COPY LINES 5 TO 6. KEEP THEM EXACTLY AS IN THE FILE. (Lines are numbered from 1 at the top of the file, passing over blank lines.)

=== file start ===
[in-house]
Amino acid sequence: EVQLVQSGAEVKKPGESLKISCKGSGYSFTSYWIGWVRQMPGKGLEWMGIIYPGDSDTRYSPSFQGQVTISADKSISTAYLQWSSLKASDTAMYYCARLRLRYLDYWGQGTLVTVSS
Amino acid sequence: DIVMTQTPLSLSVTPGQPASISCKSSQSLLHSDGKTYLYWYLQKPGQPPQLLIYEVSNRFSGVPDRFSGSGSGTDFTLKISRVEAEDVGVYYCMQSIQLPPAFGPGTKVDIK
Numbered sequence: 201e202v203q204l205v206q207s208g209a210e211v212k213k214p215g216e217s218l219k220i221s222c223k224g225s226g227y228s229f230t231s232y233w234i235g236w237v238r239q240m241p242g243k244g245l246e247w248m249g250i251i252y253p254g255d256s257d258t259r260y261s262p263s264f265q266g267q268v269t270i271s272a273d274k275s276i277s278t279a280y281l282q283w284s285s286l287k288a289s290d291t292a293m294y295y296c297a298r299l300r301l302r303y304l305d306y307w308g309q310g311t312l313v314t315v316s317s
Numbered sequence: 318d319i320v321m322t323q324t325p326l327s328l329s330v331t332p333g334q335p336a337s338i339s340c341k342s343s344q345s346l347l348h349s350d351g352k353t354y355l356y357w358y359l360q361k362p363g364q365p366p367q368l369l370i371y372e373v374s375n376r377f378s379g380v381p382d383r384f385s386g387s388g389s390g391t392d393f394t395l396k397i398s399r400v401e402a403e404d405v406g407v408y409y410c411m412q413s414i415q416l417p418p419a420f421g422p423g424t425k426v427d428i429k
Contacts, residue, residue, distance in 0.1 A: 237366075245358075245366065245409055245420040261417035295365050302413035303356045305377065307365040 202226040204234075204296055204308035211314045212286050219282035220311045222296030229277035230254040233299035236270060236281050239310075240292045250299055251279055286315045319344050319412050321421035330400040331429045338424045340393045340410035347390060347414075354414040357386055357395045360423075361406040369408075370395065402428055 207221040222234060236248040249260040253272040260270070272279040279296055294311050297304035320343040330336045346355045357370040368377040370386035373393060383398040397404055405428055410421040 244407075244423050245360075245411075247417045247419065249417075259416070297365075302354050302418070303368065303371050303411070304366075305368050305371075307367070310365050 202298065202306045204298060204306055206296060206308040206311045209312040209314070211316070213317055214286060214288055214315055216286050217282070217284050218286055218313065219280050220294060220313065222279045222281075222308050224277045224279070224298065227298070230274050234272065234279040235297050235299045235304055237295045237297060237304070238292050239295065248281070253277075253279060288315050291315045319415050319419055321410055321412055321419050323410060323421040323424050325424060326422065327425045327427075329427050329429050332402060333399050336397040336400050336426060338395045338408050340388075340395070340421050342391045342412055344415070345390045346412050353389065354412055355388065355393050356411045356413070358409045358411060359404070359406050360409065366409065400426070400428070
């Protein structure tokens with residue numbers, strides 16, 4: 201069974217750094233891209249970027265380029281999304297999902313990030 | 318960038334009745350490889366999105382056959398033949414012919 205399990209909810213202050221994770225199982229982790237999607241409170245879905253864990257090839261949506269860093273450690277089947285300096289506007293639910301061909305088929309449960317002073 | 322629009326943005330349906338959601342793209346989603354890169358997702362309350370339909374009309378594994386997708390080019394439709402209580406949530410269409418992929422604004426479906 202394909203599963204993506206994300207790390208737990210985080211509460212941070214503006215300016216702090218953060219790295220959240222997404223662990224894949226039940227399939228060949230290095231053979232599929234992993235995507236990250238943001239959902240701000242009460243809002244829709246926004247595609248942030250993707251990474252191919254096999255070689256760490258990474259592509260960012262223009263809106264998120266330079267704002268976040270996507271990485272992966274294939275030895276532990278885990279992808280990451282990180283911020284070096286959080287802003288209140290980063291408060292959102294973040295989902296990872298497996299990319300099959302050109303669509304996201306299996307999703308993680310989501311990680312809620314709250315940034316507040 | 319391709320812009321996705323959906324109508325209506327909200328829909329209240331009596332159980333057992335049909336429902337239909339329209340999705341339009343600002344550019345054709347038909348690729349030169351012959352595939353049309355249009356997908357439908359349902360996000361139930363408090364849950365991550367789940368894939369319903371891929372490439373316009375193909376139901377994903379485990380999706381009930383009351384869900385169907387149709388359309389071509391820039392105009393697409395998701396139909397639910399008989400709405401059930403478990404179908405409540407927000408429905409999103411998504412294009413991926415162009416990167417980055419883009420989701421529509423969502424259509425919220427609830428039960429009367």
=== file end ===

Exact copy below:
Numbered sequence: 318d319i320v321m322t323q324t325p326l327s328l329s330v331t332p333g334q335p336a337s338i339s340c341k342s343s344q345s346l347l348h349s350d351g352k353t354y355l356y357w358y359l360q361k362p363g364q365p366p367q368l369l370i371y372e373v374s375n376r377f378s379g380v381p382d383r384f385s386g387s388g389s390g391t392d393f394t395l396k397i398s399r400v401e402a403e404d405v406g407v408y409y410c411m412q413s414i415q416l417p418p419a420f421g422p423g424t425k426v427d428i429k
Contacts, residue, residue, distance in 0.1 A: 237366075245358075245366065245409055245420040261417035295365050302413035303356045305377065307365040 202226040204234075204296055204308035211314045212286050219282035220311045222296030229277035230254040233299035236270060236281050239310075240292045250299055251279055286315045319344050319412050321421035330400040331429045338424045340393045340410035347390060347414075354414040357386055357395045360423075361406040369408075370395065402428055 207221040222234060236248040249260040253272040260270070272279040279296055294311050297304035320343040330336045346355045357370040368377040370386035373393060383398040397404055405428055410421040 244407075244423050245360075245411075247417045247419065249417075259416070297365075302354050302418070303368065303371050303411070304366075305368050305371075307367070310365050 202298065202306045204298060204306055206296060206308040206311045209312040209314070211316070213317055214286060214288055214315055216286050217282070217284050218286055218313065219280050220294060220313065222279045222281075222308050224277045224279070224298065227298070230274050234272065234279040235297050235299045235304055237295045237297060237304070238292050239295065248281070253277075253279060288315050291315045319415050319419055321410055321412055321419050323410060323421040323424050325424060326422065327425045327427075329427050329429050332402060333399050336397040336400050336426060338395045338408050340388075340395070340421050342391045342412055344415070345390045346412050353389065354412055355388065355393050356411045356413070358409045358411060359404070359406050360409065366409065400426070400428070